I stood and stepped from the wide sarcophagus. Dust like chalk covered all my skin and clothes. I thought that strange, as machines keep all such rooms quite clean. But he waved me closer. “Come here.”
I shrugged and walked to him. He reminded me of those hermitic scribes who claim the impossible oddness of the city when they first return to it after their long isolation. But it is they themselves who are strange, and therefore holy. Perhaps, I thought, knowing Jerem Cozak is like meeting one of them. But I knew even then that his strangeness would not pass.
When I reached him, he reached out his hands. Grasping my shoulders, he leaned forward. I thought we might kiss, but he only placed his head above my shoulder and exhaled, as one would trying to clean a glass or mirror. The smell of storms grew stronger still. It was only then that I realized that he stood a full head shorter than myself.
He stepped back, his eyes approving. A faint smile played across his lips. A white fog formed around my face. I started to wave it away, but Jerem Cozak grabbed my wrists. “Be still,” he said. “You did not know what you gave me. But they have not forgotten.”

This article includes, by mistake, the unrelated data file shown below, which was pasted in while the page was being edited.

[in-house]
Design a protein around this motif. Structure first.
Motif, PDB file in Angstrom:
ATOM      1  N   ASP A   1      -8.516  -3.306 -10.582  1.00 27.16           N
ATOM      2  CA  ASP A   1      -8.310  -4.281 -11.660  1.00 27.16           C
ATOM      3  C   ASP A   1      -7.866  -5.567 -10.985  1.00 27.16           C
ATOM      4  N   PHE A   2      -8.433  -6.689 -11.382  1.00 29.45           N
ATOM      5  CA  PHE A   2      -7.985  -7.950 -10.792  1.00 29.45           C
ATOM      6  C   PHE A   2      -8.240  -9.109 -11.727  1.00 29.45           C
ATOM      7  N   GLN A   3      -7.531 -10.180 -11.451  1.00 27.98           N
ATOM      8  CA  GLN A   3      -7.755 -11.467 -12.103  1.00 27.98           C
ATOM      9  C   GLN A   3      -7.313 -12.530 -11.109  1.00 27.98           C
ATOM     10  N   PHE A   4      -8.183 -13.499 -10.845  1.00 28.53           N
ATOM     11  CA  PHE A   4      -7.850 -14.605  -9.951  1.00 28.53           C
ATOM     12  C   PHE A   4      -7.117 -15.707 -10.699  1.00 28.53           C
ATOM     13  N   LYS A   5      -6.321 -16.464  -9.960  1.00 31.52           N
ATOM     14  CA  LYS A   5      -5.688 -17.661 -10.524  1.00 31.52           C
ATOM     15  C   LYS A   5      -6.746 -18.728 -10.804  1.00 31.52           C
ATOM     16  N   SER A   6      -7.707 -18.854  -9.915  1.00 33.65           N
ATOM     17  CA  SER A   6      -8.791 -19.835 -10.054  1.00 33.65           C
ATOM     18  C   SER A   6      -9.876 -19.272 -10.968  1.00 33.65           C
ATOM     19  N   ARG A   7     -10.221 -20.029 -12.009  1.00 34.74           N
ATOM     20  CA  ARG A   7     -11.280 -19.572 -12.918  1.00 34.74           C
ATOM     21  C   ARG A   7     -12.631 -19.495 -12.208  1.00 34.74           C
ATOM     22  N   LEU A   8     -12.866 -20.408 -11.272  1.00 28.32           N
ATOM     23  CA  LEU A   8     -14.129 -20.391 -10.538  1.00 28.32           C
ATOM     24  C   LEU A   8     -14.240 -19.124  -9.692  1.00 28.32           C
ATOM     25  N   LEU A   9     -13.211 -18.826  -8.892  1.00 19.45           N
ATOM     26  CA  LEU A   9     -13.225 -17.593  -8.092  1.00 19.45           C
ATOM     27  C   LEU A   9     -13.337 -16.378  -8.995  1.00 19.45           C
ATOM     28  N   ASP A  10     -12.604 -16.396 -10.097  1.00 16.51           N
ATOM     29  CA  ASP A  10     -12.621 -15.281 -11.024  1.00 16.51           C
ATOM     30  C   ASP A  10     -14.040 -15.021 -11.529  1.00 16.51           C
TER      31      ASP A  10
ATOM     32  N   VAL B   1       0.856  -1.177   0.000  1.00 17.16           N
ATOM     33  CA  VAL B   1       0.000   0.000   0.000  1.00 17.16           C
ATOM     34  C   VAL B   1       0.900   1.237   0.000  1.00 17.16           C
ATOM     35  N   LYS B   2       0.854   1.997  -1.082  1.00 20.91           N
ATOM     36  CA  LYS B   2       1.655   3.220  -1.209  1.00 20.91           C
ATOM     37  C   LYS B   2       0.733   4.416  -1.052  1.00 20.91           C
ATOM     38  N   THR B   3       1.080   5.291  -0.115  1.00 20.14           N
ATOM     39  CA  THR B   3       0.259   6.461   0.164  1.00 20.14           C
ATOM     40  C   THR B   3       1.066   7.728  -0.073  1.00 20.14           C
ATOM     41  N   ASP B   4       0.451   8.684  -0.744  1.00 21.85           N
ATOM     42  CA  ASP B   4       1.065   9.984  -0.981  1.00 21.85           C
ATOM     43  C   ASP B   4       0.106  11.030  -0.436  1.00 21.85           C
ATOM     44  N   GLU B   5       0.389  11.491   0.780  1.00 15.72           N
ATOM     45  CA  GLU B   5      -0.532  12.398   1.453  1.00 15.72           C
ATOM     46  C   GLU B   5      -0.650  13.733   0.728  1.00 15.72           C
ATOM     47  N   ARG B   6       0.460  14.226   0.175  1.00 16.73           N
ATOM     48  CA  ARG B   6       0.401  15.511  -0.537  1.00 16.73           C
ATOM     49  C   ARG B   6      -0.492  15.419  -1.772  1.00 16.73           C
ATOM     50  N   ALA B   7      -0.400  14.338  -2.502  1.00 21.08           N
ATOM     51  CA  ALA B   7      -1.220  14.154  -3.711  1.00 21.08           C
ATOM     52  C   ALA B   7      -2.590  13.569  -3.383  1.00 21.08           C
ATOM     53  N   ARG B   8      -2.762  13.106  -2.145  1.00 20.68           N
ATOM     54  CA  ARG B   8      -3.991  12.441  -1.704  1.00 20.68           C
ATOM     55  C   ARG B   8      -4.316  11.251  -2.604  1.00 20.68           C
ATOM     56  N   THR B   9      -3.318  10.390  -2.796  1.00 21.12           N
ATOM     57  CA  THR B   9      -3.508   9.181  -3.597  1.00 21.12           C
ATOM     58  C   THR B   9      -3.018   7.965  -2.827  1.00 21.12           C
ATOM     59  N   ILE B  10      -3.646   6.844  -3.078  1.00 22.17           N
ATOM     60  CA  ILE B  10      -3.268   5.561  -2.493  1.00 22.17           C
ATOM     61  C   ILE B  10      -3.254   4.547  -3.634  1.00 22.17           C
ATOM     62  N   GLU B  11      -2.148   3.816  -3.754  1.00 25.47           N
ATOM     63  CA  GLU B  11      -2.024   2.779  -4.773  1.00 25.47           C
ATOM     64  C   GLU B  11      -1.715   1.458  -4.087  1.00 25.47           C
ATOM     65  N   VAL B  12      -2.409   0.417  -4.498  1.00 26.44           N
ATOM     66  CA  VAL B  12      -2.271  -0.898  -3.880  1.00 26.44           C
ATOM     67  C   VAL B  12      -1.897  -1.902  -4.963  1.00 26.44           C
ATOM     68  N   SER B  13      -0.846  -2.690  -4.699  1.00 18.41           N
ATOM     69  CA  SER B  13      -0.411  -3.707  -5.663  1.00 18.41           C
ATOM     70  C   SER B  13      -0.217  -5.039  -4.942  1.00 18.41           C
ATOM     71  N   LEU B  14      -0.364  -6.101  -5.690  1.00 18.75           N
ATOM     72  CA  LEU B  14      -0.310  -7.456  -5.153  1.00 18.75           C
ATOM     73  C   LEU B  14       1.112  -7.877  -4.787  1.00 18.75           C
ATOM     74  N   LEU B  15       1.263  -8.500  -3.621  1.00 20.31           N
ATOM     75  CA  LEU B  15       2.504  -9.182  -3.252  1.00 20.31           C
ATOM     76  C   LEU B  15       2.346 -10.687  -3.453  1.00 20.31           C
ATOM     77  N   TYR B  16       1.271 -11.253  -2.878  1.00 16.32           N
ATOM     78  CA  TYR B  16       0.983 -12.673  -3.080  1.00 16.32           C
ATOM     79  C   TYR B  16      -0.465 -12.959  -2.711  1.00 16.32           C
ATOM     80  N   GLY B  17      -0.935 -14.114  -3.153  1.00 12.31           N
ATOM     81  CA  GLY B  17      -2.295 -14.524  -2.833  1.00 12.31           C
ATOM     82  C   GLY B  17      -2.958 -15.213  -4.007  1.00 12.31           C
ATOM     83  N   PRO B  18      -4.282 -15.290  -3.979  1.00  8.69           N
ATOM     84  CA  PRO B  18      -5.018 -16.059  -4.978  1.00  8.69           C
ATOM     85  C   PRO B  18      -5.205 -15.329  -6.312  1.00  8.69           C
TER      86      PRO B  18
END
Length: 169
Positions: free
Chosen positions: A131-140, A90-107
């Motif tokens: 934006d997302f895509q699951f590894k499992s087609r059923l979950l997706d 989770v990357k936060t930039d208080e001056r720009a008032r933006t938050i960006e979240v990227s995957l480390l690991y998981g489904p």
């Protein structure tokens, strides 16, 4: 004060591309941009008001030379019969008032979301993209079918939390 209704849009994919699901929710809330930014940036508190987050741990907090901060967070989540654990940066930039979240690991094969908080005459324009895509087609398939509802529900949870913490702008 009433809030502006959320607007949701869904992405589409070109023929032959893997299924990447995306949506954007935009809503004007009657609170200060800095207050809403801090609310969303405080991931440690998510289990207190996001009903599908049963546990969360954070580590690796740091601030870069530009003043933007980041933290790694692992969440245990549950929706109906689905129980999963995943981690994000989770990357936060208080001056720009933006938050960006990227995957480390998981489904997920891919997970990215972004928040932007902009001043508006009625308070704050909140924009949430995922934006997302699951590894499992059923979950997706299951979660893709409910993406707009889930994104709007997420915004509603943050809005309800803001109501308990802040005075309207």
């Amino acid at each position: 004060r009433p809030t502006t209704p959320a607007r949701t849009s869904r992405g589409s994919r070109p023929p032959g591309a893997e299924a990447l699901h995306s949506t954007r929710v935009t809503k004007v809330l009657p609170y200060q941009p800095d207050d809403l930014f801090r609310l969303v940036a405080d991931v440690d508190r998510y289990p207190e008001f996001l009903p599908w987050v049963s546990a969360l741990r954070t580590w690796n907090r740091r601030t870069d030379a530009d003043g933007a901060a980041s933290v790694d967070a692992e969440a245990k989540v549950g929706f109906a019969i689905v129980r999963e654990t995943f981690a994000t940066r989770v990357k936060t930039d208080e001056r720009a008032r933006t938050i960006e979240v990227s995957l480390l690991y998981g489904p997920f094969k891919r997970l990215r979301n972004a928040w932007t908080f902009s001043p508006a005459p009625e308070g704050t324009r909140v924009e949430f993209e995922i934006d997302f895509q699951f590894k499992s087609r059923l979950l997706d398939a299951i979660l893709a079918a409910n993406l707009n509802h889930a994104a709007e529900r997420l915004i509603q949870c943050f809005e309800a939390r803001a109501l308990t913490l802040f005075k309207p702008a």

I coughed, nervous. The mist was in my mouth and nostrils. Cool fire filled my head, a taste like silver on my tongue before it numbed. “It...” I said. “What’s happening?”
“They are machines, as the floor and ceiling and walls are machines. But these are the White Swarm, and will not be bound. What they are, what we will do, will shake the universe until the final moment of its collapse.”
I stood there in their cloud as cool fire shot through my body. Soon, the mist of machines poured out my nose and mouth. It pooled around our feet and rolled throughout the room, rising to our waists. I felt that I might sneeze, but instead I began to breathe better, I thought, than I ever had before.
“Follow me,” said Jerem Cozak, and touched his palm to the wall.